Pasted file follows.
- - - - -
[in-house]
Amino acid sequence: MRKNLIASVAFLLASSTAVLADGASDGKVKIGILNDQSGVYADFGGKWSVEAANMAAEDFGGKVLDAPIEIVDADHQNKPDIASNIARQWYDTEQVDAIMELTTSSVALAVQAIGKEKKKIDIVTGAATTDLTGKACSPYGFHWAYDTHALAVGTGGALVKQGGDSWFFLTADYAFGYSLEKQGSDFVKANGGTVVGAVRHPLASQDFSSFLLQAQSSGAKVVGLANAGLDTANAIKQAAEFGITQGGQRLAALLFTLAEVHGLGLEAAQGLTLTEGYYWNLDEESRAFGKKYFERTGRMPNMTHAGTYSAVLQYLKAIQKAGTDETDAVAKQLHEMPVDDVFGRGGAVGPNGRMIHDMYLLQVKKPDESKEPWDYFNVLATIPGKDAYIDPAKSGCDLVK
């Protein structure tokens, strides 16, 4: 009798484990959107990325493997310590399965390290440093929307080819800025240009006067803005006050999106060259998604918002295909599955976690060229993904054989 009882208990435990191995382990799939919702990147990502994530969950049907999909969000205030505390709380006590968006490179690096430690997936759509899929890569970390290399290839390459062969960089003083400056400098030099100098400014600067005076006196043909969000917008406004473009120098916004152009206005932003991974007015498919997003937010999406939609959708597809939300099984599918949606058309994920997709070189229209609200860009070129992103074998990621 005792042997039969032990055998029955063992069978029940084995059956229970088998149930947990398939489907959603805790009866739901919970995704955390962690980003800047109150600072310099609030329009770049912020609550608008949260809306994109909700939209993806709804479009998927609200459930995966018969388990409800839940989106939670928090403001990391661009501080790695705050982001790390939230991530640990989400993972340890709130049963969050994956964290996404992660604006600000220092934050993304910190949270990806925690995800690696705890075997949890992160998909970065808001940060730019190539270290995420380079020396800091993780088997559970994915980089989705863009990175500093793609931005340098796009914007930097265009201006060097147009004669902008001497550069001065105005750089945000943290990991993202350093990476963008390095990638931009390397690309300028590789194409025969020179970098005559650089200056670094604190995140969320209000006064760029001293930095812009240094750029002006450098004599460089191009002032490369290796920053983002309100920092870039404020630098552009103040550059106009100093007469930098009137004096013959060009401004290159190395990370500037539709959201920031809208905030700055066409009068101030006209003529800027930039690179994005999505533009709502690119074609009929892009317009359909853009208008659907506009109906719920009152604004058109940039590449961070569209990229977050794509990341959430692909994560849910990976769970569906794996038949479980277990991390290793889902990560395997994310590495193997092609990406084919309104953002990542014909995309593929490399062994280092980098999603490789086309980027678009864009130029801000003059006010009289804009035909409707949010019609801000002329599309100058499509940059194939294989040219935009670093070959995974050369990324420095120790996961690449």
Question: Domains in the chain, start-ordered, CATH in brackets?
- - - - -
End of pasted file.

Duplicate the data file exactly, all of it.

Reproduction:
[in-house]
Amino acid sequence: MRKNLIASVAFLLASSTAVLADGASDGKVKIGILNDQSGVYADFGGKWSVEAANMAAEDFGGKVLDAPIEIVDADHQNKPDIASNIARQWYDTEQVDAIMELTTSSVALAVQAIGKEKKKIDIVTGAATTDLTGKACSPYGFHWAYDTHALAVGTGGALVKQGGDSWFFLTADYAFGYSLEKQGSDFVKANGGTVVGAVRHPLASQDFSSFLLQAQSSGAKVVGLANAGLDTANAIKQAAEFGITQGGQRLAALLFTLAEVHGLGLEAAQGLTLTEGYYWNLDEESRAFGKKYFERTGRMPNMTHAGTYSAVLQYLKAIQKAGTDETDAVAKQLHEMPVDDVFGRGGAVGPNGRMIHDMYLLQVKKPDESKEPWDYFNVLATIPGKDAYIDPAKSGCDLVK
């Protein structure tokens, strides 16, 4: 009798484990959107990325493997310590399965390290440093929307080819800025240009006067803005006050999106060259998604918002295909599955976690060229993904054989 009882208990435990191995382990799939919702990147990502994530969950049907999909969000205030505390709380006590968006490179690096430690997936759509899929890569970390290399290839390459062969960089003083400056400098030099100098400014600067005076006196043909969000917008406004473009120098916004152009206005932003991974007015498919997003937010999406939609959708597809939300099984599918949606058309994920997709070189229209609200860009070129992103074998990621 005792042997039969032990055998029955063992069978029940084995059956229970088998149930947990398939489907959603805790009866739901919970995704955390962690980003800047109150600072310099609030329009770049912020609550608008949260809306994109909700939209993806709804479009998927609200459930995966018969388990409800839940989106939670928090403001990391661009501080790695705050982001790390939230991530640990989400993972340890709130049963969050994956964290996404992660604006600000220092934050993304910190949270990806925690995800690696705890075997949890992160998909970065808001940060730019190539270290995420380079020396800091993780088997559970994915980089989705863009990175500093793609931005340098796009914007930097265009201006060097147009004669902008001497550069001065105005750089945000943290990991993202350093990476963008390095990638931009390397690309300028590789194409025969020179970098005559650089200056670094604190995140969320209000006064760029001293930095812009240094750029002006450098004599460089191009002032490369290796920053983002309100920092870039404020630098552009103040550059106009100093007469930098009137004096013959060009401004290159190395990370500037539709959201920031809208905030700055066409009068101030006209003529800027930039690179994005999505533009709502690119074609009929892009317009359909853009208008659907506009109906719920009152604004058109940039590449961070569209990229977050794509990341959430692909994560849910990976769970569906794996038949479980277990991390290793889902990560395997994310590495193997092609990406084919309104953002990542014909995309593929490399062994280092980098999603490789086309980027678009864009130029801000003059006010009289804009035909409707949010019609801000002329599309100058499509940059194939294989040219935009670093070959995974050369990324420095120790996961690449």
Question: Domains in the chain, start-ordered, CATH in brackets?